- Resource homepage
- Individual lessons
- Digitised archival diaries
- Individual diary samples
- 'Diary Challenge' game
- Further reading and resources
- About the project
Kirsten Mulrennan and Rachel Murphy, 'Opening a window to the past: Researching archival diaries', University of Limerick Special Collections and Archives Department website (https://specialcollections.ul.ie/research-diaries/) (Date accessed).
The Armstrong family lived at Moyaliffe Castle, county Tipperary. The papers contain administrative material relating to the management of the estate, as well as personal papers of family members. The papers contain a wealth of material relating to WWI, as William Maurice Armstrong (1889–1917), commonly known as Pat Armstrong, served as Captain in the Tenth Royal Hussars (the Prince of Wales’s Own). He served in India until the outbreak of the First World War, where he fought at Gallipoli in the famous 29th Division, and later in Egypt. Captain Pat Armstrong was awarded a Military Cross in 1916 for gallant and distinguished service in the field. He was killed on 23 May 1917 by a sniper while inspecting his troops in a front-line trench at Arras, France.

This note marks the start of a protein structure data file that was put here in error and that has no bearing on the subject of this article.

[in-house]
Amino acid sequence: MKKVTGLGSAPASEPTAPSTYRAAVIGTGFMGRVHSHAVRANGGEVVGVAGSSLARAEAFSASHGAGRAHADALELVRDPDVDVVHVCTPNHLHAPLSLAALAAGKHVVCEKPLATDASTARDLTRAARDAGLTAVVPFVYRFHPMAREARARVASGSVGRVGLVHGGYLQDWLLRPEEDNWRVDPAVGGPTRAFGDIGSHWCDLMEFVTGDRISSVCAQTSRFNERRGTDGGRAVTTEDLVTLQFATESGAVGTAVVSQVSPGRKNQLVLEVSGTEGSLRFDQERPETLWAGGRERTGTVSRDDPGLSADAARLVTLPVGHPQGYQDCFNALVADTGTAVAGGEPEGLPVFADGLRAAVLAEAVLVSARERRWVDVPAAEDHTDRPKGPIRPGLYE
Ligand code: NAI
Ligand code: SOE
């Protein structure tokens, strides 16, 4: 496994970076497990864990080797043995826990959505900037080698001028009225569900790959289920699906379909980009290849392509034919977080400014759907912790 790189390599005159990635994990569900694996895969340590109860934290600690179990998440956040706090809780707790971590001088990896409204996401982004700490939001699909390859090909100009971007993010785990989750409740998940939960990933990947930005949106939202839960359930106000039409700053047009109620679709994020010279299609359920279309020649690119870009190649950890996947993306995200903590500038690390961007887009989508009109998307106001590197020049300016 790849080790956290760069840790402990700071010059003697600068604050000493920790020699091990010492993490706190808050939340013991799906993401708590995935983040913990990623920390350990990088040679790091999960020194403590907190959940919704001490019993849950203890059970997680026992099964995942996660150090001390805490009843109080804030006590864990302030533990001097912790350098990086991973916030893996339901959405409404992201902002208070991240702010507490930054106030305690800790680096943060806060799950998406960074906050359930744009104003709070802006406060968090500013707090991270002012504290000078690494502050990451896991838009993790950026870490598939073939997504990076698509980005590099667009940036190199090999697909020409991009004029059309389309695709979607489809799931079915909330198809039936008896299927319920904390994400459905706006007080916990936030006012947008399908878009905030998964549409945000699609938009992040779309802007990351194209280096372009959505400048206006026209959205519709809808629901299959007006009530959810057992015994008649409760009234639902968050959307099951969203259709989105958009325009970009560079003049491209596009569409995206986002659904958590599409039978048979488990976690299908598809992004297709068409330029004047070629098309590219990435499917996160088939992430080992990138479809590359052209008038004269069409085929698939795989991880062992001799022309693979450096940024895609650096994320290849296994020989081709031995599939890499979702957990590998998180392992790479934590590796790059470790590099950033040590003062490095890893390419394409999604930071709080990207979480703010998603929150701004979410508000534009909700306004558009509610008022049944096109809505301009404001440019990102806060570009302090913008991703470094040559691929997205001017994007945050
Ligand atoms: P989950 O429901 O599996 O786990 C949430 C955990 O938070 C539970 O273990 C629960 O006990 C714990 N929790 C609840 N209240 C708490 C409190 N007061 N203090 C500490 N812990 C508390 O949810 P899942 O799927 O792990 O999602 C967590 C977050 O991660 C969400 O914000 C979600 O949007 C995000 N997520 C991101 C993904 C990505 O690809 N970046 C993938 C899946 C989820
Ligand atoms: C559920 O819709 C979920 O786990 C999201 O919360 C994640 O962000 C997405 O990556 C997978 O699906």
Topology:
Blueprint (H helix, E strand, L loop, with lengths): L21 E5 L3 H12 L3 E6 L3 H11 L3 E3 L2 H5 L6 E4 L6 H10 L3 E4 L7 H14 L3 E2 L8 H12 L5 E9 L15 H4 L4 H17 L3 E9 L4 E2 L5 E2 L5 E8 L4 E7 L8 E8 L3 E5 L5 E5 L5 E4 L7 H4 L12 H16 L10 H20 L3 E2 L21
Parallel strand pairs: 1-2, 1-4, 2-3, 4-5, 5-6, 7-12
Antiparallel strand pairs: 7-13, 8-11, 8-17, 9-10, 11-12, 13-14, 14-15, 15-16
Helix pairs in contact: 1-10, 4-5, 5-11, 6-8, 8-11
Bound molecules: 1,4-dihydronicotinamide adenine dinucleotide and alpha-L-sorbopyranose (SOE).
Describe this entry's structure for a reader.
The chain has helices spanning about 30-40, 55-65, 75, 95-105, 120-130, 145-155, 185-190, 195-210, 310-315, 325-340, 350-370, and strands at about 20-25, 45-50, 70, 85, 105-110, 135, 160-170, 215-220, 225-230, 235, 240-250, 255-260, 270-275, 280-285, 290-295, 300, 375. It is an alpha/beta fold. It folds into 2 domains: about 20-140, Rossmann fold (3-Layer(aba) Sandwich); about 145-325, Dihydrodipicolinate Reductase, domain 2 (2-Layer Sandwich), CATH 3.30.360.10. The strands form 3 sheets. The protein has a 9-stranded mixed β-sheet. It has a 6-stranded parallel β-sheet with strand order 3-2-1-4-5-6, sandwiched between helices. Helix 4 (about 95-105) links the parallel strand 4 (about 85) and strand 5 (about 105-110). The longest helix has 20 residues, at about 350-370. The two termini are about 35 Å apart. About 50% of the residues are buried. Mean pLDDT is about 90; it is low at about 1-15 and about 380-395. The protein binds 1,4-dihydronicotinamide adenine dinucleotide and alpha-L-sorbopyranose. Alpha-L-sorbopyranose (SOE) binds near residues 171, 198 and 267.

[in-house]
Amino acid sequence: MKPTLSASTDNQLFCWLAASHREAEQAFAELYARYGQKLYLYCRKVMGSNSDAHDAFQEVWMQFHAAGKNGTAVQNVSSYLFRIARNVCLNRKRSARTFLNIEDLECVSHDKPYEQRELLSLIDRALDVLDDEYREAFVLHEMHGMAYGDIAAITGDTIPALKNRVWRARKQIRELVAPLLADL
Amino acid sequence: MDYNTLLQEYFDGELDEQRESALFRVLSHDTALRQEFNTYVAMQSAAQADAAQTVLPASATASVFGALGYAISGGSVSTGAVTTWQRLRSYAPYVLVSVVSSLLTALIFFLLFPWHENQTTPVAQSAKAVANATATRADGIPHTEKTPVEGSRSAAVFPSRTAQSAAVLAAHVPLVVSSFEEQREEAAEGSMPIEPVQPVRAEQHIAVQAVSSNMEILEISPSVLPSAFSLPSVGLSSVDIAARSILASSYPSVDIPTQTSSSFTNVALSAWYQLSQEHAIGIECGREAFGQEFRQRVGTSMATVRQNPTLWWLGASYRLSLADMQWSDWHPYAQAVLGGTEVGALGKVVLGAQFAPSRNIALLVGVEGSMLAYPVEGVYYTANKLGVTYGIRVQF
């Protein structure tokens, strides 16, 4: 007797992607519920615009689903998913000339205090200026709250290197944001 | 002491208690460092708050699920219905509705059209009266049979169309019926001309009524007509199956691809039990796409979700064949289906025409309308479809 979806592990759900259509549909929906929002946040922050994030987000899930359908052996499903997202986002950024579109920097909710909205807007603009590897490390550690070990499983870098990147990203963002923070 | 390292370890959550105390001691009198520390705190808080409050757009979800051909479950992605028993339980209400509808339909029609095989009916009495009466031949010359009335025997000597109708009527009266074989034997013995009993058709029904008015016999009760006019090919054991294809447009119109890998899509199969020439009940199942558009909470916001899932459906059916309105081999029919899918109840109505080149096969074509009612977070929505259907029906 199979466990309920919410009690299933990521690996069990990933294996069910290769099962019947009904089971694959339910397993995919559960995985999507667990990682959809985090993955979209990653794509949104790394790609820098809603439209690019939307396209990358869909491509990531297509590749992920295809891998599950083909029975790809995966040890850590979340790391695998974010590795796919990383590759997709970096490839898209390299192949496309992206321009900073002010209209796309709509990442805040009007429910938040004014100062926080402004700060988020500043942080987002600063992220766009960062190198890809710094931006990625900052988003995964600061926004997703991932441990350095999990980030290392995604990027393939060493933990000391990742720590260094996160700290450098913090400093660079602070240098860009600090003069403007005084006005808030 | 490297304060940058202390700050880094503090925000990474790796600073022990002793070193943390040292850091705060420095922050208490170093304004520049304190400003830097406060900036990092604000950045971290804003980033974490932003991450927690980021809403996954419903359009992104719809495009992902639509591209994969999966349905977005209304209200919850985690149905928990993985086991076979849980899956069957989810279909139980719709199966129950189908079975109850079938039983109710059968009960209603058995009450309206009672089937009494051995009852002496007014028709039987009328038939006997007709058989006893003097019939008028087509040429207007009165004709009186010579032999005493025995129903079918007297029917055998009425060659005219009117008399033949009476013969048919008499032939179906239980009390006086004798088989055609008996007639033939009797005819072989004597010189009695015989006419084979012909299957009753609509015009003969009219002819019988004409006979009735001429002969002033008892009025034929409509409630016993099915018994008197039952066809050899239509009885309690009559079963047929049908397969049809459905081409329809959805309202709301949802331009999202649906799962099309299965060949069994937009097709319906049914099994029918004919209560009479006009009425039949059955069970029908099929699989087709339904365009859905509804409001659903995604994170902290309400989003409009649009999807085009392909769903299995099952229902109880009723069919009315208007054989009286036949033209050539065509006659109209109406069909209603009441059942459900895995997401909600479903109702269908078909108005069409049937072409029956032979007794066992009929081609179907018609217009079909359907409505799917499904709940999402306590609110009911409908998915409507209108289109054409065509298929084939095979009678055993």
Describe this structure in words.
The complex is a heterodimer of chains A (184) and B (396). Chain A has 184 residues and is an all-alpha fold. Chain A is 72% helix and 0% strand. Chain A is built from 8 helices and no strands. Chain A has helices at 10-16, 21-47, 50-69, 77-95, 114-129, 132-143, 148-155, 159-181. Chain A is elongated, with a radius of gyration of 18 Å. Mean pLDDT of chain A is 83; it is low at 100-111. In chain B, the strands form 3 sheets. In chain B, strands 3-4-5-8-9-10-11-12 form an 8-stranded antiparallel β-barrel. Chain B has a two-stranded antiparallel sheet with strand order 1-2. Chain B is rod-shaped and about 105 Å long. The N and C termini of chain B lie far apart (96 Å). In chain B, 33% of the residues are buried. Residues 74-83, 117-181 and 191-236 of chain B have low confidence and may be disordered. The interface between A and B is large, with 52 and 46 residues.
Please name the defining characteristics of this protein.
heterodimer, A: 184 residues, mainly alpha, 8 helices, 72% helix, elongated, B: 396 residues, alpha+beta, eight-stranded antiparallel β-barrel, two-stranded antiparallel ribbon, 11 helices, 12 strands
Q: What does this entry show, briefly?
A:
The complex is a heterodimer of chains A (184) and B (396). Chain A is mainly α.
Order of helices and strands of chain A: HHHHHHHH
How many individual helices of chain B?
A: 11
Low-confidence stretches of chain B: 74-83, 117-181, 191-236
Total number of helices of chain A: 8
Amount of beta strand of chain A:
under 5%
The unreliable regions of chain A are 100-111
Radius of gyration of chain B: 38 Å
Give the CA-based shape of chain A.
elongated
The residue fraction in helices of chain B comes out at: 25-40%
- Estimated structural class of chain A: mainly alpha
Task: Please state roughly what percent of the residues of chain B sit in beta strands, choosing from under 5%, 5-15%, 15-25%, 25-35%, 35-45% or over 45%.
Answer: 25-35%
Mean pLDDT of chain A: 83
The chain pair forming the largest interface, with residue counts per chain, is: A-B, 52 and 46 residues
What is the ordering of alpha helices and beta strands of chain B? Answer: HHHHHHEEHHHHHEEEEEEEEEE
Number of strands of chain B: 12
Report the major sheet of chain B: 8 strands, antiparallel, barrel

Explore a range of papers and photographs from the Armstrong papers in relation to WWI through our online exhibition Long Way To Tipperary.
Personal diaries in the Armstrong papers
The Armstrong papers contain a number of personal diaries, including those of Pat Armstrong, written at the front, and one of his sisters, Winona Rosalie ‘Jess’ Armstrong (1893–1982), who in 1927, married Captain William Daryl Olphert Kemmis (1892–1965) of Ballinacor, county Wicklow.1
Jess Armstrong’s diaries
The Armstrong papers include 24 personal diaries written by Jess Armstrong between 1906 and c1980. Many of these include glued and loose inserts of press cuttings and letters, while some also contain additional diary notes on loose sheets. The diaries record her daily activities, giving a vivid picture of her life, including the events of the First World War, the deaths of her brother and parents, hunts and other field sports events, farming and so on, both at Moyaliffe and at Ballinacor. However, some of Jess’ diaries for the years 1955–1982 are missing, presumed destroyed by Jess herself before donation.
The diary used in this resource is Jess’ eighth personal diary P6/1769, written between January and September 1914, and runs to over 150 pages.
For more information on the Armstrong family, and to download the Armstrong catalogues in full, click here.
- As this author was unmarried at the time the journal was written, she is referred to as Jess Armstrong throughout this resource.